Jim is a true gentleman who has always put children first and led by example. His students readily recall the long-term life lessons he taught, such as: “If you fail to prepare, you are preparing to fail;” “The difference between ordinary and extraordinary is that little extra;” and “In every game, we win or we learn.”

Jim has been married to Lesley for 42 years and has two daughters

San Marco’s impact inspires community


The Scarsdale Inquirer

Download PDF

It wasn’t until the late 1980s when the administration realized that Edgemont Junior/Senior High School had finally outgrown the school’s lone gymnasium. When 1963 Edgemont graduate Jim San Marco was hired as athletic director in 1988, after serving as a physical education teacher since 1968, his mission was to see the project of a new gymnasium, the Pantherdome, to fruition. Having played and coached in the old gym, San Marco had a strong connection to both facilities.

However, that old gym holds the memories of his youth and part of his coaching career, which makes it all the more fitting that as of Dec. 14, the old gym will be dedicated in his honor and renamed the Jim San Marco Gymnasium. In addition, the gym, built in 1957 when the school was founded, will undergo a makeover.

With over $200,000 in donations made by alumni already, John A. Griffin, a 1981 Edgemont graduate who played soccer under San Marco and later at the University of Virginia, will match an additional $100,000 worth of donations made to the Edgemont School Foundation in San Marco’s name. That could double the total amount to over $400,000.

Griffin had two requests: 1) a large part of the funds be used for the physical education/athletic departments and 2) San Marco be honored for his 44 years of professional service in Edgemont.

Andrew Falk, the ESF co-chairman, has been working closely with foundation board members, Superintendent Nancy Taddiken and athletic director Ray Pappalardi to see the wishes of Griffin and others fulfilled. When San Marco was presented with the idea of naming the old gym after him, his first reaction was typical of the modest man — “No… way!” After hearing more, San Marco finally gave in for one reason: he knew that it would benefit the kids of Edgemont for decades to come.

“I said that if it was going to help kids out that I’d go along with it,” San Marco said. “I think I got that from Dave Kintzing. Dave didn’t want any of that stuff. When he retired we didn’t know anything about it. He took the whole staff and said, ‘I just retired. You can’t do anything to change my mind. I don’t want a party. I don’t want anything.’ He was a very modest, unassuming guy.”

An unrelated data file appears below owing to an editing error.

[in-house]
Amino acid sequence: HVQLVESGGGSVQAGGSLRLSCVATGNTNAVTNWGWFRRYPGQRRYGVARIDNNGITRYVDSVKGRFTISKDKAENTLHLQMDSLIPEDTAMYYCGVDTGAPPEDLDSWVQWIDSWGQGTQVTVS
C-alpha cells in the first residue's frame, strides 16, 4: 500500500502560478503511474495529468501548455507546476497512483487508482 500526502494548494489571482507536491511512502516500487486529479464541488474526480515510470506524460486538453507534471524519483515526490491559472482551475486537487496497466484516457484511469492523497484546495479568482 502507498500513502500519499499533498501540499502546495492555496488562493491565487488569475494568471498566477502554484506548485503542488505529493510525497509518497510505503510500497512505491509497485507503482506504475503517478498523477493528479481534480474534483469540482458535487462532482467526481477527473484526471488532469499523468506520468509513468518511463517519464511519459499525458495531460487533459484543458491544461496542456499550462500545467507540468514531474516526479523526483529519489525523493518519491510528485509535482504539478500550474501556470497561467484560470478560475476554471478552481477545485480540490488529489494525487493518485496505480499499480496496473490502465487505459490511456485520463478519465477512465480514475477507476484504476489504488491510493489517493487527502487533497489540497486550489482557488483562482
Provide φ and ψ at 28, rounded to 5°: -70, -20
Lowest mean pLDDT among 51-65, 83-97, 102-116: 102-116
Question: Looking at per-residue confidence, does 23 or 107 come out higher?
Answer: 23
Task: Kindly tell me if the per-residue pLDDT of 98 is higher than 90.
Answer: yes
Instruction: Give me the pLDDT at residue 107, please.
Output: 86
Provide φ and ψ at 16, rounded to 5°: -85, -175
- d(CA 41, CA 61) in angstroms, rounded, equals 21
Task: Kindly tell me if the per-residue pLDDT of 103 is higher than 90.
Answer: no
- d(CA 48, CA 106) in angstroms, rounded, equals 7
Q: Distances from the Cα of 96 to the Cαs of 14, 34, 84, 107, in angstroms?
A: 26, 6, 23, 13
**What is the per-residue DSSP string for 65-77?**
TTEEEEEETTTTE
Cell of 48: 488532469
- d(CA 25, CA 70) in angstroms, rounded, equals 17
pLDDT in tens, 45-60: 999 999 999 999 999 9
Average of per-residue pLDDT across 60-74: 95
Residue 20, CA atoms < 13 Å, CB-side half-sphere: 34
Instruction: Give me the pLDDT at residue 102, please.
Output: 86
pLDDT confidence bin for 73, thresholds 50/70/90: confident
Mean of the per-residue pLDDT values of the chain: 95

Of course San Marco later named the annual varsity basketball tournament in Kintzing’s honor, so perhaps he’s getting a taste of his own medicine.

“When someone does something good I want to do something for them,” San Marco said. “I have no problem doing that. But when it’s the other way around …” He noted that they had to make sure that when he retired as athletic director in 2004 he would actually show up for the party they were throwing for him.

San Marco will be honored and the old gym dedicated on Friday, Dec. 14, at 7:30 p.m. between games of the annual Dave Kintzing Basketball Tournament.

“I played for him right in this gym,” San Marco said. “This is where I coached, in this gym. Boy, am I blessed to have had the opportunity to not only work with so many great kids, but great people, too.”

At Edgemont, the field at the track is named after Charles “Doc” Blanford, there are two gardens named after former teachers at the junior-senior high school and the multipurpose room at Seely Place is named after former superintendent Alden Larsen, who hired San Marco, so these dedications are certainly nothing new. And while they are rare, the San Marco naming is a slam dunk, a no-brainer.

“I’m delighted that Jimmy is being recognized,” Taddiken said. “He’s given so much for so long. He’s an Edgemont graduate and it’s great to see him be successful, that he’s given so much in the environment that he started out in as a student.”

The irony is that neither Griffin nor San Marco are looking for any type of recognition, but as they did when Griffin was student and San Marco coach, they are teaming up to work hard for others, the current and future students at the school.

“I know it’s big and i know who it’s from, but he’s not looking for recognition,” Taddiken said. “He’s looking to recognize a coach who meant the world to him at Edgemont. Jim can enjoy this. He doesn’t look for recognition for himself, but it’s nice that people can recognize someone who has given so much to other people. Dec. 14 is a chance for others to say thank you and also make donations.”